Prior to applying:
· Discuss their plans to study off-campus and their academic plan with their academic advisor and/or the Department Chair of their major department.
· Research program options and inform themselves about the application process by attending information sessions; meet with a CIIS Peer Advisor; or a member of the CIIS staff.
· Insure they meet all eligibility requirements including course pre-requisites and minimum GPA requirement where applicable.
- Students must be enrolled full-time on campus in the semester in which they apply for off-campus study. Students on leave or already studying off-campus are not eligible to apply for off-campus study in the following semester.
- Students may not participate on off-campus programs in sequential semesters. For a variety of reasons, they must return to campus for at least one semester between off-campus study programs.
- Students seeking to participate on a second off-campus program must have an especially strong academic rationale for doing so. Among equally-qualified applicants, preference is normally given to those who have not had prior off-campus study experience over those who have studied off-campus previously, and to those who are more advanced in their studies and will not have future opportunities for off-campus study.
- Students may not participate on more than two off-campus programs during their time at St. Lawrence, excluding short-term programs.
The Application Process:
• Applications are available on the CIIS Website
• Applications should demonstrate an academic rationale for participation in a particular program, as well as maturity, responsibility, and cultural sensitivity. Complete applications include two faculty recommendations and one recommendation from a member of the St. Lawrence community who knows the student from a context other than that of the classroom. For example, this may be a coach, a work supervisor, an FYP advisor, etc.
• Students who choose to apply to more than one program are asked to rank order their program preference immediately following the application deadline. Although students are permitted to apply to two programs, they will be offered a place (if accepted) to only one program.
• Admission to the program is based on the quality of application. Candidates must present a coherent academic rationale for participation on the program and a record of academic performance that demonstrates the ability to meet the challenges of off-campus study.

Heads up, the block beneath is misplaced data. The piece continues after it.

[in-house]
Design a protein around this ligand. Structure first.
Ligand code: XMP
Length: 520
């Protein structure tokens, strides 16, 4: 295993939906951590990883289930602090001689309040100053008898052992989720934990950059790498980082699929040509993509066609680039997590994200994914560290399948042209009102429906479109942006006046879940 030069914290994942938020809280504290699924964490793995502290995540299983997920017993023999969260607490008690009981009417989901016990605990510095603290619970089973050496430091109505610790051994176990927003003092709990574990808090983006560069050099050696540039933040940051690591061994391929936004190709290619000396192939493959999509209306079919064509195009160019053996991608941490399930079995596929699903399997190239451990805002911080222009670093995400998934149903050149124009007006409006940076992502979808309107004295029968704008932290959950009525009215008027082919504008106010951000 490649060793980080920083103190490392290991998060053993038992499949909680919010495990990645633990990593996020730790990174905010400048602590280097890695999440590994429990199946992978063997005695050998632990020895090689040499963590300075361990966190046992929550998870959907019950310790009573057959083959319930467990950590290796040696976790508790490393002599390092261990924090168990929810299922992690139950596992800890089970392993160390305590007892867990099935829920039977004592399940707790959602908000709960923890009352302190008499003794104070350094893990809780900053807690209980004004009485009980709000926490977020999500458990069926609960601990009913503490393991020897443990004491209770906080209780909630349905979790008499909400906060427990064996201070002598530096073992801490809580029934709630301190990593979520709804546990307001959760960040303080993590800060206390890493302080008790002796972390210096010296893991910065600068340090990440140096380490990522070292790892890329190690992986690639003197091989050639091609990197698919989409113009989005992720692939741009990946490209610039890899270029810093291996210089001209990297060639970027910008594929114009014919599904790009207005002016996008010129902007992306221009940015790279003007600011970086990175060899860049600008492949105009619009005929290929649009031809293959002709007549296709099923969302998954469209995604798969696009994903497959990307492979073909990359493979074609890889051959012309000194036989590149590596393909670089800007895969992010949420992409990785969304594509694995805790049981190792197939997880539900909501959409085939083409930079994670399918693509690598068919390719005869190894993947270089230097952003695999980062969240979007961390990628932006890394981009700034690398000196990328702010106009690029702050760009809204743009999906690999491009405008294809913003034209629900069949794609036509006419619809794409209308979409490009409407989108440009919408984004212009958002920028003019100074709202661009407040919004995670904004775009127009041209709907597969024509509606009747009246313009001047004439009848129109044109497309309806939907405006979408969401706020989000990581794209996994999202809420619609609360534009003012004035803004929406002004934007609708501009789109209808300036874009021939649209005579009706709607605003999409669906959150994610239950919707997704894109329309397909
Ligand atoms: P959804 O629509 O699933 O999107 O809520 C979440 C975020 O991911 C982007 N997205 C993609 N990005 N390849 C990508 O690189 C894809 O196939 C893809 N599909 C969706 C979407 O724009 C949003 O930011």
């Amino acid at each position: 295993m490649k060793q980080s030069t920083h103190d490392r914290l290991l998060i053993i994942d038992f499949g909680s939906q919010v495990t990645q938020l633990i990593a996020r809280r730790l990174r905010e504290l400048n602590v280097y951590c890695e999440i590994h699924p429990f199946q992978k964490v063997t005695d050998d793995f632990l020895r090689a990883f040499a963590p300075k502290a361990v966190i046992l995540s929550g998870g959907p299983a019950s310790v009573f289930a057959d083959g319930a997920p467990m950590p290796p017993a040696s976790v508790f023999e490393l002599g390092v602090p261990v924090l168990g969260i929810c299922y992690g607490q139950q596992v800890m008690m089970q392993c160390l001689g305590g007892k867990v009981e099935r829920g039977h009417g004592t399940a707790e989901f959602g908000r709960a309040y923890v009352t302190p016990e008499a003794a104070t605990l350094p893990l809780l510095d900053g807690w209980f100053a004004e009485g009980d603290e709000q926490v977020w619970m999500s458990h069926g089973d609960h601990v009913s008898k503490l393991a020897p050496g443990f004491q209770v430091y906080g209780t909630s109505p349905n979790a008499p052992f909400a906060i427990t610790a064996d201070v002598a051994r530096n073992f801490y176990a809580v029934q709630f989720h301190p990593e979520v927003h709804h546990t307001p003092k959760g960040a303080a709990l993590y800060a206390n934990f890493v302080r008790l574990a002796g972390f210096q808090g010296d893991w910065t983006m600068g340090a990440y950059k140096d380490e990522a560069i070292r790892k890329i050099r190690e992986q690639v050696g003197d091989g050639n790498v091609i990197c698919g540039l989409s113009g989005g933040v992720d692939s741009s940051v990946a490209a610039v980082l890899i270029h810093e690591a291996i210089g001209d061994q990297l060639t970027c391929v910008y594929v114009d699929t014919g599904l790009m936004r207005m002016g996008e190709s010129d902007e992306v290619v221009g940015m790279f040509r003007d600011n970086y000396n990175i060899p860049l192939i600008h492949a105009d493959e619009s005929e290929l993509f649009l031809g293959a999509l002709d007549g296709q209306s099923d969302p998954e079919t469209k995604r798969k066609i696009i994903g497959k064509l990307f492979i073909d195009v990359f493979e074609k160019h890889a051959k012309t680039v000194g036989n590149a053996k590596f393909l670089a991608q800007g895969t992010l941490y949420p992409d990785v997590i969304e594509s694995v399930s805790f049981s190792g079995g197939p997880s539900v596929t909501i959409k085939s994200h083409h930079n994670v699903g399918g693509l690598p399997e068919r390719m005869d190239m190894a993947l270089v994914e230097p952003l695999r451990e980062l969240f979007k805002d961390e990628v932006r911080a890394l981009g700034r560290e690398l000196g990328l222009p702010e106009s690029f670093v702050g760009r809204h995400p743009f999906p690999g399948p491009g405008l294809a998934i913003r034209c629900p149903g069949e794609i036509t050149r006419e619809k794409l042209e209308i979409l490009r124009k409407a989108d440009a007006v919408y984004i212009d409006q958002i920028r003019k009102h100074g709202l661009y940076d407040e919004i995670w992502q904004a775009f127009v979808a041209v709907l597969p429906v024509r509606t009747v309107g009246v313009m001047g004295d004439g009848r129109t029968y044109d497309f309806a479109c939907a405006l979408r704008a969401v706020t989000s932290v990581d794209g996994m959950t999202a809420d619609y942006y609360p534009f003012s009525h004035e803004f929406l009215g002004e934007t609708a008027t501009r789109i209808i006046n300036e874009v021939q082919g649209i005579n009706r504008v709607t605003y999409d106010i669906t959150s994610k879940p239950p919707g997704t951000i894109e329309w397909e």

• Students currently on disciplinary, social, or academic probation are not eligible to apply for, or participate in, this program or any other SLU program. In addition, students with outstanding disciplinary fines, service hours and/or education program requirements are not eligible to participate in the program.
Once you are accepted:
To demonstrate a commitment to participation on the program, students studying on a semester or year-long program must submit a non-refundable $500.00 deposit to the Student Financial Services Office (Room 315, Student Center). Should the student withdraw from the program after the deposit is paid, the student will forfeit the deposit and will be billed for any expenses over and above the amount of the deposit that St. Lawrence and/or the program provider have incurred on the student’s behalf.
Orientation Meetings on-campus. Students must attend all orientation meetings and activities both on the St. Lawrence campus and in-country. Orientation will cover a variety of topics ranging from course choices to cultural information and safety and security protocols. Non-SLU students participating on programs may be required to attend some orientation sessions, otherwise they will receive printed information by mail. Please see the Student Orientation Manual for additional information.
Country specific Information. In addition to materials provided by St. Lawrence University or the program sponsor, students are encouraged to consult the web site of the US State Department. The State Department maintains information for every country of the world including information such as the location of the U.S. embassy or consulate in the host country, health conditions, local politics, currency restrictions and entry regulations, immigration practices, crime and security information, and drug penalties.